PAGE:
Personal trainers and physical fitness coaches use something known as “gamification” to help clients reach their health and fitness goals. It is the process of setting small, achievable milestones so that each time one is achieved, it encourages you to move on to the next, to the next, etc., until you get where you want to be.
Financial advisors are taking a page from that playbook and are recommending that you use “gamification” to reach your financial goals. The idea is that people are more likely to meet their savings goals and stick to a budget if they can tap into their brain’s reward circuitry via small, incremental, and easily achievable “wins.”
While there’s a fine line to walk when applying a competitive mindset to personal finances, according to Forbes, there are studies that suggest that this can work. In 2016, when Walmart rolled out its MoneyCard prize-linked savings (PLS) program, they found that users ended up saving 35% more on average than the control group.
Furthermore, many apps with gamified elements claim pretty significant metrics of success. For example, Digit, an app that helps people automate their savings, notes on its website that it’s helped users collectively save more than $5 billion. The app costs $5 a month after a free trial. It offers gamification features including “savings bonuses”—extra cash deposited into users’ accounts based on their average daily balance over a three-month period.
Should I “Gamify” my Personal Finances?
The experts say that before you take this approach to personal finances, let’s not forget that the word “game” is at the root of “gamification,” and the term originated in getting rewards for “leveling up” video games. In other words, they could be a “downside” to playing with your finances as you would a video game, and some equate gamified financial apps as just another kind of online gambling. However, most gamified financial apps are relatively benign and focus on saving cents on the dollar and not creating lottery-like millionaire jackpots. Still, folks with a history of problematic gambling may want to steer clear anyway.
Forbes also says that there are a few ways to ensure that financial gamification aligns with your lifestyle and long-term goals. First, research any apps that ask you to connect your bank account or supply financial data. Watch tutorials to make sure you understand how to use the service. Read reviews, check Better Business Bureau ratings, and find out if financial journalists you trust have firsthand experience using the platforms.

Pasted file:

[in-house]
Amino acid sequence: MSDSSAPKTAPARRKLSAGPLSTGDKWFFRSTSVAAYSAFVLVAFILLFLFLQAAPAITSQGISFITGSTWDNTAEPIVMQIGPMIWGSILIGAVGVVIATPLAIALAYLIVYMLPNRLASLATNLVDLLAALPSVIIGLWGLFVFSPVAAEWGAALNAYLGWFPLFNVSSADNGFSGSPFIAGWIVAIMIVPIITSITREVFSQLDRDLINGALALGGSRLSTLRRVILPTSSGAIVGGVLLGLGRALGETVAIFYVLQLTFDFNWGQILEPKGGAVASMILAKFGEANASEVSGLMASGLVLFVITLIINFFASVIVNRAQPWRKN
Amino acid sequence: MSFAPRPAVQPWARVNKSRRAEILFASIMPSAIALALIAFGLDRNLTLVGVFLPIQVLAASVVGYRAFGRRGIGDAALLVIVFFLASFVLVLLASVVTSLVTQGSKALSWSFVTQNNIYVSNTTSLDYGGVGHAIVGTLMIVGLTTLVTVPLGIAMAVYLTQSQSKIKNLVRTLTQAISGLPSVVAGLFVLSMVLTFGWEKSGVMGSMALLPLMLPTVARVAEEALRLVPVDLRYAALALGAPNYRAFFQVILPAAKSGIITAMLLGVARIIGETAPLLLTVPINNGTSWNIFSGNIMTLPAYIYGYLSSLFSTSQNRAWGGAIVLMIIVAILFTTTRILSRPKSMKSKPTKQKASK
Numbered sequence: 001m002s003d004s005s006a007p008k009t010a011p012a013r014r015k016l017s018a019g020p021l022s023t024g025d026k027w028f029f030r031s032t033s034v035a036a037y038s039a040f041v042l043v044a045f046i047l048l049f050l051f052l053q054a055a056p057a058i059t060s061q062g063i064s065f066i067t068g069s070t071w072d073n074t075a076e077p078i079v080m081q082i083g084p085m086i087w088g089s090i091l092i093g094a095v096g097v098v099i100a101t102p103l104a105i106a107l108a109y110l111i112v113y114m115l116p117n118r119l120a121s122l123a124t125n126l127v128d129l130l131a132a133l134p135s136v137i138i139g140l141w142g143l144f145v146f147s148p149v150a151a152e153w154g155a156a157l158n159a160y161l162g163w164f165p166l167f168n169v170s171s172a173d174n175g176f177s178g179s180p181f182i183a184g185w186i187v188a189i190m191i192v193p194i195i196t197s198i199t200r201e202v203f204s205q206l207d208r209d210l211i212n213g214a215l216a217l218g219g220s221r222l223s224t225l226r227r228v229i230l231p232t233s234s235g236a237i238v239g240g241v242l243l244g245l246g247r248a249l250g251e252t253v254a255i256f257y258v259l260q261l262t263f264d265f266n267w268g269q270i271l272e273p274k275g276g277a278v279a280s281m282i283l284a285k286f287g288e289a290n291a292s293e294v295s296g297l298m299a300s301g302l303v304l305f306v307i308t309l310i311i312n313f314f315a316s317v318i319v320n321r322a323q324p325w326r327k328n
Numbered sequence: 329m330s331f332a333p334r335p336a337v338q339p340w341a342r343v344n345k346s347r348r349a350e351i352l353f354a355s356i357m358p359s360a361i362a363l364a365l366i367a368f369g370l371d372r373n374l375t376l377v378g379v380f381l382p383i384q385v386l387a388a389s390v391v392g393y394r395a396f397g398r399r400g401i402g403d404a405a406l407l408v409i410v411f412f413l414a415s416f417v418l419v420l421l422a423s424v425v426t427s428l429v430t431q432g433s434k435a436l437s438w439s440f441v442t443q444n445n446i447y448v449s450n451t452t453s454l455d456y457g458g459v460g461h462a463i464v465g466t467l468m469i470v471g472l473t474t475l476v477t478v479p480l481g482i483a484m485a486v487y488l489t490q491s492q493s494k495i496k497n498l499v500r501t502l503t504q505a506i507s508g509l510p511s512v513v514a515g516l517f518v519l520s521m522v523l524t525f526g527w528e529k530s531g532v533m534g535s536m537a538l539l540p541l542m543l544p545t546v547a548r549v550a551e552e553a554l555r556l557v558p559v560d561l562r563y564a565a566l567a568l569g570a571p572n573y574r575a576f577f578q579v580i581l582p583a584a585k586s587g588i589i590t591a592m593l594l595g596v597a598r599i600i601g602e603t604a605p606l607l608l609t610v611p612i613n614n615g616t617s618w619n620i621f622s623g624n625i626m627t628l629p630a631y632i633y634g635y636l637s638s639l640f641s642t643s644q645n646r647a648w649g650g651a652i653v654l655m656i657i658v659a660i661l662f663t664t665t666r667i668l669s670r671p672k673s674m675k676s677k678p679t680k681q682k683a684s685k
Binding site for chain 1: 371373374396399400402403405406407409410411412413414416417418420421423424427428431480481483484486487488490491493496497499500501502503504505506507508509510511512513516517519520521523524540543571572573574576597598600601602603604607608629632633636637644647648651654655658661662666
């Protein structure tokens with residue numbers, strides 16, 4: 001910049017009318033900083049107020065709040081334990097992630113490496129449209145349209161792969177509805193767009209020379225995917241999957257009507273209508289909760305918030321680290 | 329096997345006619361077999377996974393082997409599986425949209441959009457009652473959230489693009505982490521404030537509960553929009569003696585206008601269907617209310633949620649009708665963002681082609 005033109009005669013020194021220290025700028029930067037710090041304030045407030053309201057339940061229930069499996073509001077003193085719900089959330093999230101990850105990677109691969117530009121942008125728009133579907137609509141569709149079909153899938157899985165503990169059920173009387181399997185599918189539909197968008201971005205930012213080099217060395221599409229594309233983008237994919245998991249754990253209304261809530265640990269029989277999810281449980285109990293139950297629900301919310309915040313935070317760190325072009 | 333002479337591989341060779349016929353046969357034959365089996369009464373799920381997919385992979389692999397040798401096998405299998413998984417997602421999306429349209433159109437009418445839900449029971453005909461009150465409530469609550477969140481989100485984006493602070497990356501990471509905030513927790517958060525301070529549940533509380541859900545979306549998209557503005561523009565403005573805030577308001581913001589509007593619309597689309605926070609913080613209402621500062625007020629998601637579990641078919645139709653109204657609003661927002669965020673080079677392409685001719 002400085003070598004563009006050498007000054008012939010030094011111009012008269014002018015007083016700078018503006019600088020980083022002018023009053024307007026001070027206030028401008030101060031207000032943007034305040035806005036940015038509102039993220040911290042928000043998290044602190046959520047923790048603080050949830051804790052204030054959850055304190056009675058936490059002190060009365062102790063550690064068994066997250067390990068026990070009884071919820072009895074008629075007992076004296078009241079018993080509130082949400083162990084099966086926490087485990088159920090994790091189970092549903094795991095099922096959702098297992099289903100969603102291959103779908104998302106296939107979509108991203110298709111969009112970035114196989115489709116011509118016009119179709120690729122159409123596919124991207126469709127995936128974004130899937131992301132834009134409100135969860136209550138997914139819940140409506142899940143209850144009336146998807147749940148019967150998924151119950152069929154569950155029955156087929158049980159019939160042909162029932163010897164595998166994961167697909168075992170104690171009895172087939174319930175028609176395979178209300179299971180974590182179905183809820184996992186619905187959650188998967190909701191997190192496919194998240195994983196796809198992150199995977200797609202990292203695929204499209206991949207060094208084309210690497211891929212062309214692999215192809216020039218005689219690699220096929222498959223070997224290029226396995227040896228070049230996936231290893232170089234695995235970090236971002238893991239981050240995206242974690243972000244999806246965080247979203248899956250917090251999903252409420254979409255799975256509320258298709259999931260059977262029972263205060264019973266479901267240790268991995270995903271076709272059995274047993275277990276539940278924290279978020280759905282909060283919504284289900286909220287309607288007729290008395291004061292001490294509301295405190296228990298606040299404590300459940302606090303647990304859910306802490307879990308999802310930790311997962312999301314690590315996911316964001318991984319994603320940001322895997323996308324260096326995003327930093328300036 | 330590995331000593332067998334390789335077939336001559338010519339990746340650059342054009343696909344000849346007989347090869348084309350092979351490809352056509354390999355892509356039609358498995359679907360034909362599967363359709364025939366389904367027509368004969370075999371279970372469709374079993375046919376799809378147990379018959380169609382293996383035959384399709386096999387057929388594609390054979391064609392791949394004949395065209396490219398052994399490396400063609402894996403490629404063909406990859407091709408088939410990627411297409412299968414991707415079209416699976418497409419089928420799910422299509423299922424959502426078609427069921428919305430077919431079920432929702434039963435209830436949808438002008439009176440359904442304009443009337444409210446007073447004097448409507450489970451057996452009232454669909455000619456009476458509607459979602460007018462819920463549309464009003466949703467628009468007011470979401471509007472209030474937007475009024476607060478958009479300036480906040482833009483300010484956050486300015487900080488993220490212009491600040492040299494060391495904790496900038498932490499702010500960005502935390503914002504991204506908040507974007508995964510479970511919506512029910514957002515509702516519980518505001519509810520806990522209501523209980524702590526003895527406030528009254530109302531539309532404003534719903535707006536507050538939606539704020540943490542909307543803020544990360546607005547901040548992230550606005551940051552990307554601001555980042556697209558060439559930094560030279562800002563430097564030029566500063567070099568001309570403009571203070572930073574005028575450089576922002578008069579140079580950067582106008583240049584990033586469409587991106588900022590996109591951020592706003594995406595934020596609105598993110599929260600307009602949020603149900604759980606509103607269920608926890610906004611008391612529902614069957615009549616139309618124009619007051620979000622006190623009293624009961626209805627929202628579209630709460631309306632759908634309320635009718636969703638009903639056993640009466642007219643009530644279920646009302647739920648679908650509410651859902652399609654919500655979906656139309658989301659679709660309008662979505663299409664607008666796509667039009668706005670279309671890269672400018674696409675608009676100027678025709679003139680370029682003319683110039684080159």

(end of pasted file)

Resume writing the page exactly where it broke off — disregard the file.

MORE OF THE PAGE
How Does Gamification Help You Reach Long-Term Financial Goals?
Just how does gamification help you to reach your long-term financial goals?
Here are a few of the most common tactics and how you might apply them to your own savings or investment goals:
- Challenge yourself. If you’re not ultra-competitive but consider yourself “outcomes-oriented,” consider using an app like Acorns or Qapital to set goals and watch your savings grow.
- Compete against others. If you’re competitive by nature, choose an app like Twine that lets you track progress alongside friends and family.
- Seek out cash rewards. If you’re most motivated by cold, hard cash, an app like Digit or a bank program that hands out bonuses just for keeping funds in your account may be a way to make your money work for you.
- Build virtual worlds. If you’re the type who has spent countless hours tinkering in games like SimCity or Roblox, apps like Nestlings and Fortune City may entice you to make smart financial moves in order to advance your virtual characters’ storylines.
Gamification can put a unique spin on personal finances—an area many people consider dry or difficult to comprehend. For those seeking a way to level up their financial habits, adding a fun twist to traditional spending or saving may be worth exploring.